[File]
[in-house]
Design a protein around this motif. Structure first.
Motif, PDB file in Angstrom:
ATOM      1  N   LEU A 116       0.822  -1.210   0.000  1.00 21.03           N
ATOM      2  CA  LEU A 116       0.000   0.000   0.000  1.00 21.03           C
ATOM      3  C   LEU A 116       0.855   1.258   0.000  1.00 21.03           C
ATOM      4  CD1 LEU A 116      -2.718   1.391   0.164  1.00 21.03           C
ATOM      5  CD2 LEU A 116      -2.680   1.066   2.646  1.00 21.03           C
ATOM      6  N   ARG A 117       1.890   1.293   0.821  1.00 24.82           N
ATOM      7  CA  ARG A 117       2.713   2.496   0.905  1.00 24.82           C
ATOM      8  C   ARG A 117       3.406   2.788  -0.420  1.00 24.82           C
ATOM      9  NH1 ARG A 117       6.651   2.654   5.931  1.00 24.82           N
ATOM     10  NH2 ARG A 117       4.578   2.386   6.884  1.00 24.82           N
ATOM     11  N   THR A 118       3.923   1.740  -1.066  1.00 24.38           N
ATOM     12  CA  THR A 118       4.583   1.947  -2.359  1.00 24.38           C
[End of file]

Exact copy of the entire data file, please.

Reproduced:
[in-house]
Design a protein around this motif. Structure first.
Motif, PDB file in Angstrom:
ATOM      1  N   LEU A 116       0.822  -1.210   0.000  1.00 21.03           N
ATOM      2  CA  LEU A 116       0.000   0.000   0.000  1.00 21.03           C
ATOM      3  C   LEU A 116       0.855   1.258   0.000  1.00 21.03           C
ATOM      4  CD1 LEU A 116      -2.718   1.391   0.164  1.00 21.03           C
ATOM      5  CD2 LEU A 116      -2.680   1.066   2.646  1.00 21.03           C
ATOM      6  N   ARG A 117       1.890   1.293   0.821  1.00 24.82           N
ATOM      7  CA  ARG A 117       2.713   2.496   0.905  1.00 24.82           C
ATOM      8  C   ARG A 117       3.406   2.788  -0.420  1.00 24.82           C
ATOM      9  NH1 ARG A 117       6.651   2.654   5.931  1.00 24.82           N
ATOM     10  NH2 ARG A 117       4.578   2.386   6.884  1.00 24.82           N
ATOM     11  N   THR A 118       3.923   1.740  -1.066  1.00 24.38           N
ATOM     12  CA  THR A 118       4.583   1.947  -2.359  1.00 24.38           C